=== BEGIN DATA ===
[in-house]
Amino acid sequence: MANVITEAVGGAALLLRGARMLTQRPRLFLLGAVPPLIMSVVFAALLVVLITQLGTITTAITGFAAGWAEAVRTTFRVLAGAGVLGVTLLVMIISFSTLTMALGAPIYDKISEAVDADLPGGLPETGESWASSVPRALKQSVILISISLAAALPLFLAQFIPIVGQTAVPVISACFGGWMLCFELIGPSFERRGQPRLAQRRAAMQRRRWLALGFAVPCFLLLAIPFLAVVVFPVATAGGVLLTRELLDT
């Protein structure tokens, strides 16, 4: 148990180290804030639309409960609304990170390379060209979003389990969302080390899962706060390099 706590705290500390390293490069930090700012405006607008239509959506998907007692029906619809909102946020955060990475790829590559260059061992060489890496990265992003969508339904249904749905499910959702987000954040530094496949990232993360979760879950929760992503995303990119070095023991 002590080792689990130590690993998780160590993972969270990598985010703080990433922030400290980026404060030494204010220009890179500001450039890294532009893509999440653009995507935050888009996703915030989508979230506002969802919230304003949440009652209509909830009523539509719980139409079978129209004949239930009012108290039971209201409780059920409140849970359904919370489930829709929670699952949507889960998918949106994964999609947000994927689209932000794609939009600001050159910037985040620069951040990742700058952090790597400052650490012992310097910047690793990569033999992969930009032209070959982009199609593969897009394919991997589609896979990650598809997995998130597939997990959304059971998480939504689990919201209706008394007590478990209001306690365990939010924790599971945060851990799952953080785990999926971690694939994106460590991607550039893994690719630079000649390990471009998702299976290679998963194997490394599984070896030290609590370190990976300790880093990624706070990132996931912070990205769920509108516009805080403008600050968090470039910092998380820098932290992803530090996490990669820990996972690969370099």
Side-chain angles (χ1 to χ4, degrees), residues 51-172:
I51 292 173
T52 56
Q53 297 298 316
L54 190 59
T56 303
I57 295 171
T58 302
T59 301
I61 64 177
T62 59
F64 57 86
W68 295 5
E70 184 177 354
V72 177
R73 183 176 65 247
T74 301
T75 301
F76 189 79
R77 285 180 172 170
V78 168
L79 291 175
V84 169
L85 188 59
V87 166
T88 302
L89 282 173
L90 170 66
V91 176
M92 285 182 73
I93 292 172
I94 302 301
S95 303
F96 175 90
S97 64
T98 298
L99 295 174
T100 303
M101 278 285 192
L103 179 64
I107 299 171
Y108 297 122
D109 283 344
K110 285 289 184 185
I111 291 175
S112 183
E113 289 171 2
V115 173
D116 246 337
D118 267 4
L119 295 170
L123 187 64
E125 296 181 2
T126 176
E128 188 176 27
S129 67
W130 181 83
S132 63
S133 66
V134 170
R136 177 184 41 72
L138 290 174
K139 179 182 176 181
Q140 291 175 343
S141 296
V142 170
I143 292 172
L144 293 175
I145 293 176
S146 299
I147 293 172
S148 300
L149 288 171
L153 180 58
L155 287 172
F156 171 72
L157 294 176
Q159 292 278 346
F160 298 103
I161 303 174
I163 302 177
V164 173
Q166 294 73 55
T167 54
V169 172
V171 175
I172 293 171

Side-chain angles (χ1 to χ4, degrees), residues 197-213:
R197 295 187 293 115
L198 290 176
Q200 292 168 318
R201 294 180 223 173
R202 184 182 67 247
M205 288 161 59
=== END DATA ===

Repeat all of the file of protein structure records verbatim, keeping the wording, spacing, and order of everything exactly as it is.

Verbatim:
[in-house]
Amino acid sequence: MANVITEAVGGAALLLRGARMLTQRPRLFLLGAVPPLIMSVVFAALLVVLITQLGTITTAITGFAAGWAEAVRTTFRVLAGAGVLGVTLLVMIISFSTLTMALGAPIYDKISEAVDADLPGGLPETGESWASSVPRALKQSVILISISLAAALPLFLAQFIPIVGQTAVPVISACFGGWMLCFELIGPSFERRGQPRLAQRRAAMQRRRWLALGFAVPCFLLLAIPFLAVVVFPVATAGGVLLTRELLDT
């Protein structure tokens, strides 16, 4: 148990180290804030639309409960609304990170390379060209979003389990969302080390899962706060390099 706590705290500390390293490069930090700012405006607008239509959506998907007692029906619809909102946020955060990475790829590559260059061992060489890496990265992003969508339904249904749905499910959702987000954040530094496949990232993360979760879950929760992503995303990119070095023991 002590080792689990130590690993998780160590993972969270990598985010703080990433922030400290980026404060030494204010220009890179500001450039890294532009893509999440653009995507935050888009996703915030989508979230506002969802919230304003949440009652209509909830009523539509719980139409079978129209004949239930009012108290039971209201409780059920409140849970359904919370489930829709929670699952949507889960998918949106994964999609947000994927689209932000794609939009600001050159910037985040620069951040990742700058952090790597400052650490012992310097910047690793990569033999992969930009032209070959982009199609593969897009394919991997589609896979990650598809997995998130597939997990959304059971998480939504689990919201209706008394007590478990209001306690365990939010924790599971945060851990799952953080785990999926971690694939994106460590991607550039893994690719630079000649390990471009998702299976290679998963194997490394599984070896030290609590370190990976300790880093990624706070990132996931912070990205769920509108516009805080403008600050968090470039910092998380820098932290992803530090996490990669820990996972690969370099």
Side-chain angles (χ1 to χ4, degrees), residues 51-172:
I51 292 173
T52 56
Q53 297 298 316
L54 190 59
T56 303
I57 295 171
T58 302
T59 301
I61 64 177
T62 59
F64 57 86
W68 295 5
E70 184 177 354
V72 177
R73 183 176 65 247
T74 301
T75 301
F76 189 79
R77 285 180 172 170
V78 168
L79 291 175
V84 169
L85 188 59
V87 166
T88 302
L89 282 173
L90 170 66
V91 176
M92 285 182 73
I93 292 172
I94 302 301
S95 303
F96 175 90
S97 64
T98 298
L99 295 174
T100 303
M101 278 285 192
L103 179 64
I107 299 171
Y108 297 122
D109 283 344
K110 285 289 184 185
I111 291 175
S112 183
E113 289 171 2
V115 173
D116 246 337
D118 267 4
L119 295 170
L123 187 64
E125 296 181 2
T126 176
E128 188 176 27
S129 67
W130 181 83
S132 63
S133 66
V134 170
R136 177 184 41 72
L138 290 174
K139 179 182 176 181
Q140 291 175 343
S141 296
V142 170
I143 292 172
L144 293 175
I145 293 176
S146 299
I147 293 172
S148 300
L149 288 171
L153 180 58
L155 287 172
F156 171 72
L157 294 176
Q159 292 278 346
F160 298 103
I161 303 174
I163 302 177
V164 173
Q166 294 73 55
T167 54
V169 172
V171 175
I172 293 171

Side-chain angles (χ1 to χ4, degrees), residues 197-213:
R197 295 187 293 115
L198 290 176
Q200 292 168 318
R201 294 180 223 173
R202 184 182 67 247
M205 288 161 59